We want to draw your attention to a couple of very interesting articles which have appeared this week, both of which look at the huge potential for universities to take a lead role in driving local, economic growth. The first of these pieces appeared here on the BBC, and drew attention to a new report – Univercities: The Knowledge to Power UK Metros – written by the City Growth Commission (CGC), which is a 12-month enquiry set up by the RSA into how cities can be empowered to shape and drive their economies.
According to the BBC article:
“The research assesses how higher education can play a larger role in stimulating local economies. It says universities, which receive public money, have a responsibility to encourage local growth.”
According to Jim O’Neill, chairman of CGC, relatively low numbers of graduates stay in the cities where they study for a degree, which is something that needs addressing if universities are to play a fuller role in encouraging local economic growth:
“Surely it would be sensible to consider pursuing a number of initiatives to either help or encourage graduates to stay in the metro areas where they graduate, as a key ingredient to helping these cities prosper?”
The second piece was written by the report’s other co-author, Jonathan Schifferes, senior researcher for RSA. In a blog piece posted on the CGC’s website, Mr Schifferes argues, amongst other things, that:
“In creating prosperity across the UK in coming decades, universities need to be front and centre of strategies for growth and competitiveness… Our universities are a key asset to build on in the context of city growth strategies. Higher education is precisely the kind of knowledge industry that benefits from, and contributes to, the agglomeration economies that drive the logic of metro growth.”
So the message in both pieces is essentially the same: universities have a unique role to play in driving growth, yet they are currently not doing this to anywhere near their full potential.
We wholeheartedly agree with this assessment, and would only add that in order for the vision set out by the authors of the report to become reality, a key component of any solution must be an emphasis on local Labour Market Intelligence (LMI). Why so?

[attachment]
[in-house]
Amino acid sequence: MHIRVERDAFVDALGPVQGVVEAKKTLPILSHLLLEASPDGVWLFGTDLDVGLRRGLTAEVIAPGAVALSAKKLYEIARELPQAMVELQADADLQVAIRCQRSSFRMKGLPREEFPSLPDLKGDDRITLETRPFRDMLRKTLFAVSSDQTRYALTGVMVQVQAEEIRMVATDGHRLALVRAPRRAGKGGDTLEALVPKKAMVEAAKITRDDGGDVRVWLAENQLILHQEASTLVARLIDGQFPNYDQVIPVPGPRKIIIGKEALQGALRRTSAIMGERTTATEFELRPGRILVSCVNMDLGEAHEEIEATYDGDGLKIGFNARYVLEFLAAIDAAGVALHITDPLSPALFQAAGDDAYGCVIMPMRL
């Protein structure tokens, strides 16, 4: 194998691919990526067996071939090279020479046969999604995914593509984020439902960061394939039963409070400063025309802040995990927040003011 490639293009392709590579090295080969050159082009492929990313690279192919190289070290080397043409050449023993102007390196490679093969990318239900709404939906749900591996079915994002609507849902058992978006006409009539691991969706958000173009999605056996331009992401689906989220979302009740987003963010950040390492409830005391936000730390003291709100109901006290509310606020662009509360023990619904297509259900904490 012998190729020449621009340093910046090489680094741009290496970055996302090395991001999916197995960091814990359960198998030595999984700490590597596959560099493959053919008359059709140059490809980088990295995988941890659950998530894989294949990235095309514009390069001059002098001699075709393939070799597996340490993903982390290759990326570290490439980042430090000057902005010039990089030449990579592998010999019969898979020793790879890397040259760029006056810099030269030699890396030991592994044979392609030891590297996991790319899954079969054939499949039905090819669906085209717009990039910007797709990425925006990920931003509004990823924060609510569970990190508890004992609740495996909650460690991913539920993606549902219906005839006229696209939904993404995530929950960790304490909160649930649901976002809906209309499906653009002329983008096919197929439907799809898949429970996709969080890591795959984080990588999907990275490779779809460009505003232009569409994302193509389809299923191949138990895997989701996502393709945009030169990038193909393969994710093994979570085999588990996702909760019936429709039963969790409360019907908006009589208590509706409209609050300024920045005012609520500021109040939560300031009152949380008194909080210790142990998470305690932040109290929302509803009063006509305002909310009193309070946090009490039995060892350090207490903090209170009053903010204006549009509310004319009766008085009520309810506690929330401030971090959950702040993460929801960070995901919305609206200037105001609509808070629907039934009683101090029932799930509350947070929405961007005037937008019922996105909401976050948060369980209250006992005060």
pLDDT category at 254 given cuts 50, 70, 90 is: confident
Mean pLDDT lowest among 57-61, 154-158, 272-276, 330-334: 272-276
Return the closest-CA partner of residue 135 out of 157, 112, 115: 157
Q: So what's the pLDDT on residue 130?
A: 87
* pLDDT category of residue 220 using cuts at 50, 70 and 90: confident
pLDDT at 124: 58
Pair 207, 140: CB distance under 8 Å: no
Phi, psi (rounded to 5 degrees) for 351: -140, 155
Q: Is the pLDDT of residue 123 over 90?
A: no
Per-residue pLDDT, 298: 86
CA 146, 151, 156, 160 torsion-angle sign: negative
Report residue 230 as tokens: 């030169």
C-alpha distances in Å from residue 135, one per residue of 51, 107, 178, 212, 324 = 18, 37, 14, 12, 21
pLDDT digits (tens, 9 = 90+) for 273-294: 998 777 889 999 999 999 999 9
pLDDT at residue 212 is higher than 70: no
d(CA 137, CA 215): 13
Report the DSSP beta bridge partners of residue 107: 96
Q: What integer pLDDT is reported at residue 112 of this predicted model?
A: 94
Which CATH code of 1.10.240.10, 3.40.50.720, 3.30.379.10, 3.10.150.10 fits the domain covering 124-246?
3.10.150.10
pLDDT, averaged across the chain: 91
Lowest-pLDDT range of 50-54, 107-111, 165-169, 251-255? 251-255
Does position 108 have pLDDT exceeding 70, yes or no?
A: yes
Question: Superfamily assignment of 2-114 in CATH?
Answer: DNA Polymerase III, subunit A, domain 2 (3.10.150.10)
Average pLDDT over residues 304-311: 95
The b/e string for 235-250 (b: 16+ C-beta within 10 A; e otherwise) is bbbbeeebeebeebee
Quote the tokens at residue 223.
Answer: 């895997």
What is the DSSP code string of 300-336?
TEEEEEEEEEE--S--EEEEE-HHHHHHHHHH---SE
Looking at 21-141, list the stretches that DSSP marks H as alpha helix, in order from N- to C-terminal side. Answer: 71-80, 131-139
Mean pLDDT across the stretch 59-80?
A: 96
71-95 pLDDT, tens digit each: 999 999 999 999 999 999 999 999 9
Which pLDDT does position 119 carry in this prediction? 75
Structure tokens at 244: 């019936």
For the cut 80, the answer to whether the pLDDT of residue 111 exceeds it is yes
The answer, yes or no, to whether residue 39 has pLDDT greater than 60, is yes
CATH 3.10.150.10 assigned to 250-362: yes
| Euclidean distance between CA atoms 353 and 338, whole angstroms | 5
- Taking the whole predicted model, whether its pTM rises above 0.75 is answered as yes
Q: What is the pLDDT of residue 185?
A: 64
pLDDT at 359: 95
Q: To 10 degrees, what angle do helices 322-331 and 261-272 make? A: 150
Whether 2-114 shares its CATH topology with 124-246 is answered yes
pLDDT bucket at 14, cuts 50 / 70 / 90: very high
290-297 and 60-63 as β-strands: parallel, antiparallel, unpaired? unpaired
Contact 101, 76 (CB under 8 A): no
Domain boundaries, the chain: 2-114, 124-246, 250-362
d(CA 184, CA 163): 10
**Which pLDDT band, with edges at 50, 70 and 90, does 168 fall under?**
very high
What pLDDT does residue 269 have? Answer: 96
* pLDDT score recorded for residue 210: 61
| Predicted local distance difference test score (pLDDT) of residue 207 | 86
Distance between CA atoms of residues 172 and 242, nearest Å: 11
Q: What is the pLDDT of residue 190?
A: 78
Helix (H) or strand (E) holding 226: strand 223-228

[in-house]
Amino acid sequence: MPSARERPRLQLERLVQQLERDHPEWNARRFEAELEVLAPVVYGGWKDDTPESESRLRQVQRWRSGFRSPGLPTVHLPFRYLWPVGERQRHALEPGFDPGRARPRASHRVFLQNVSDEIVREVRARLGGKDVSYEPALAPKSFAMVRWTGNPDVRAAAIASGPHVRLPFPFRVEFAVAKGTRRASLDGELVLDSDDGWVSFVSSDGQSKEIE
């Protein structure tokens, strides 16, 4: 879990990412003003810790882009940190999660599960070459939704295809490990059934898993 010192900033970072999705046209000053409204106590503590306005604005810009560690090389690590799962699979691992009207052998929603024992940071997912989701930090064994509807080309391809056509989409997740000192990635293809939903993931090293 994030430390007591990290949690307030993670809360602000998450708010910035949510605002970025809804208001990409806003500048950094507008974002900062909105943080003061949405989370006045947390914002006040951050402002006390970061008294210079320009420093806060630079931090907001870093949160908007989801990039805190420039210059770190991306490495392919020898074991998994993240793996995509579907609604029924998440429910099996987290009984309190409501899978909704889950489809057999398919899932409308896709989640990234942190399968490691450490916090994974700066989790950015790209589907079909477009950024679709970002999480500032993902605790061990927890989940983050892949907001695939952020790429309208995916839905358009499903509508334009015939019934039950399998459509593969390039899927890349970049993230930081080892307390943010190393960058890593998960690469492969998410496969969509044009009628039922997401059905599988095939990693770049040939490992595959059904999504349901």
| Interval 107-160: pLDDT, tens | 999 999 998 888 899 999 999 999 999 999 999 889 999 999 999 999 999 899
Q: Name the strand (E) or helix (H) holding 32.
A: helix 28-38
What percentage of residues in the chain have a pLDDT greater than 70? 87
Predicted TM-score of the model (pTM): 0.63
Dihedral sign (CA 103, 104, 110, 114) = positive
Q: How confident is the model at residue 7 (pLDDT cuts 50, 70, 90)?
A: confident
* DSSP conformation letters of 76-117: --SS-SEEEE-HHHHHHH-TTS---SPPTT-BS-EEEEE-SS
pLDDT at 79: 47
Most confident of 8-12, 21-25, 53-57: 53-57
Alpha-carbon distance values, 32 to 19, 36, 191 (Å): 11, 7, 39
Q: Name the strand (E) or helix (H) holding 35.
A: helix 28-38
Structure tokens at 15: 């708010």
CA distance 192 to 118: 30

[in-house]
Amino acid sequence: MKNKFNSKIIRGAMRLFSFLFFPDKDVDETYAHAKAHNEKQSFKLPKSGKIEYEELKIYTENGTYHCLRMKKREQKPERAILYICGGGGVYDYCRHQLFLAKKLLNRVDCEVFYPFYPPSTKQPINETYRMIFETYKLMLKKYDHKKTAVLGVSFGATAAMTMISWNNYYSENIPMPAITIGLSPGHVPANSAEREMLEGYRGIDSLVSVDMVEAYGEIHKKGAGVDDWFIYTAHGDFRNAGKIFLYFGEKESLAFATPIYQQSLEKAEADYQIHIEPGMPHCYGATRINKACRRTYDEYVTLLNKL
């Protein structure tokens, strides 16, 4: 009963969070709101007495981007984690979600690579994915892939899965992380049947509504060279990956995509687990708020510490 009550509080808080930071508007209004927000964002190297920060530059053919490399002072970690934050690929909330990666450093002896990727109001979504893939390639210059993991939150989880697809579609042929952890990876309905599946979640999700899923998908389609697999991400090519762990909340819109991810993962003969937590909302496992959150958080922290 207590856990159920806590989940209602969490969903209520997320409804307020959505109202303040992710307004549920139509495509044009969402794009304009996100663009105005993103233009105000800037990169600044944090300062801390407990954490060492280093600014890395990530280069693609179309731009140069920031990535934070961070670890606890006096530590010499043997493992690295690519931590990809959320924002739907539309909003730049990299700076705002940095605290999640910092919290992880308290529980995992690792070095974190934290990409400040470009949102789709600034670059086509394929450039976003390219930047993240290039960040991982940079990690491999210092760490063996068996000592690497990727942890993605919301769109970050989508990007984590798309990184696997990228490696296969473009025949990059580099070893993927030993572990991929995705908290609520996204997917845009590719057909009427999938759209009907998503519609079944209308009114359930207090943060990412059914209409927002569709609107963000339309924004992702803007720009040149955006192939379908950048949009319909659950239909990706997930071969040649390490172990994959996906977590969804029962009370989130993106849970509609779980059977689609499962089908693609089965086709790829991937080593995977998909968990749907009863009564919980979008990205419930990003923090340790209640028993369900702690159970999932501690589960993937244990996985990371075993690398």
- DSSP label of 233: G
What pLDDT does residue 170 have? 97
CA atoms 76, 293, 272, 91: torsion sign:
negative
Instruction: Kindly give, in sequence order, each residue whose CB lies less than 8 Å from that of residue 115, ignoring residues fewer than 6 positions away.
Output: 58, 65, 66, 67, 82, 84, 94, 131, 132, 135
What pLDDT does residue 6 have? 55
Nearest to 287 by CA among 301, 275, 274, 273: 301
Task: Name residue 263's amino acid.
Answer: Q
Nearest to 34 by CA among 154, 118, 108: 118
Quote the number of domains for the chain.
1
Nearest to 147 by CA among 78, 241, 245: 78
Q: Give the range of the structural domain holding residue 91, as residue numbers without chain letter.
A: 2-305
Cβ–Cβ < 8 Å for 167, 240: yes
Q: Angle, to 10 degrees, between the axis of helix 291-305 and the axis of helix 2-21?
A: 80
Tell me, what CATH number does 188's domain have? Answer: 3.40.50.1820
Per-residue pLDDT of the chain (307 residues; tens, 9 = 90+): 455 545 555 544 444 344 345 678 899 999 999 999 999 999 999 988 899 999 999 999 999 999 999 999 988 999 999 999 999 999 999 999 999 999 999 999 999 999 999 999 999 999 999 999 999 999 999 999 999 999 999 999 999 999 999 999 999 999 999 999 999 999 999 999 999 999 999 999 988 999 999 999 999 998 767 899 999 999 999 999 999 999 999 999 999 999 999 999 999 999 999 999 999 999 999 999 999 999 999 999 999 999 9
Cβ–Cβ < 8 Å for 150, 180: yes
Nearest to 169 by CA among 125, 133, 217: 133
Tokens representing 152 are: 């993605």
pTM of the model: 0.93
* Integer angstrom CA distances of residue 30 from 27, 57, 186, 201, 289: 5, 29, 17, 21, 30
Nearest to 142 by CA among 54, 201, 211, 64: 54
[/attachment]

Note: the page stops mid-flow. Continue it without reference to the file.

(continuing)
Well, as we wrote here, one of the basic reasons why universities are not driving local and regional growth as much as they perhaps should is because:
“(they) have traditionally been seen as supply-driven producers of workforce talent. That is, they supply the market with labour, without necessarily taking into account the needs and demands of the market.”
Moving to the kind of vision presented in the CGC report necessarily means moving to a more demand-led approach. That is, rather than universities simply supplying graduates into an economy which may or may not need their skills, they take steps to first find out what the needs of the economy actually are. Only by doing this can they then begin to think about realigning their strategies and even their curriculums to meet those demands.
And this is where local LMI comes into play. In order to begin to supply the needs of the local economy, you first need to understand what those needs are. And in order to understand what those needs are, you need good data on local industry and occupation trends.
- Achieve excellent graduate level employment
- Better understand regional labour market
- Improve income through better employer engagement
- Develop a demand-led curriculum model
- Develop the university’s role as an “RDA” through relationships with LEPsand other business organisations
- Contribute to regeneration of regional economy
One of the primary ways they have gone about achieving these aims was by commissioning us to produce an analysis of their local and regional labour market. The resulting report, Identifying Target Industries in the Southampton Solent Region, gave them insight and analysis in the following areas:
- An initial scan of high economic potential industries
- A focus for strategic development and planning activities
- A baseline of the region’s industry sector economy
- First steps towards building industry cluster strategies
- A detailed data analysis of sector opportunity in South Central England
- An indication of where the best potential opportunities to grow and shape the region are
In other words, through the use of local LMI, Southampton Solent have started to move away from the supply-driven model, towards a far more demand-led approach where, having taken the time to understand the needs of their local and regional economy, they are now far better placed to respond to those needs and therefore drive forward growth.
So in summary, yes universities could be doing so much more to drive growth in their local and regional economies. However, in order to do so, they will need to move to move towards a demand-led approach, using LMI in order to understand and then respond to the needs of their local and regional economies.
For more of our thoughts on how LMI can be harnessed by universities to drive growth, read our reaction to last year’s Witty Review here, and our reflections on this year’s AUA conference here. For more information about our LMI, contact Andy Durman at email@example.com.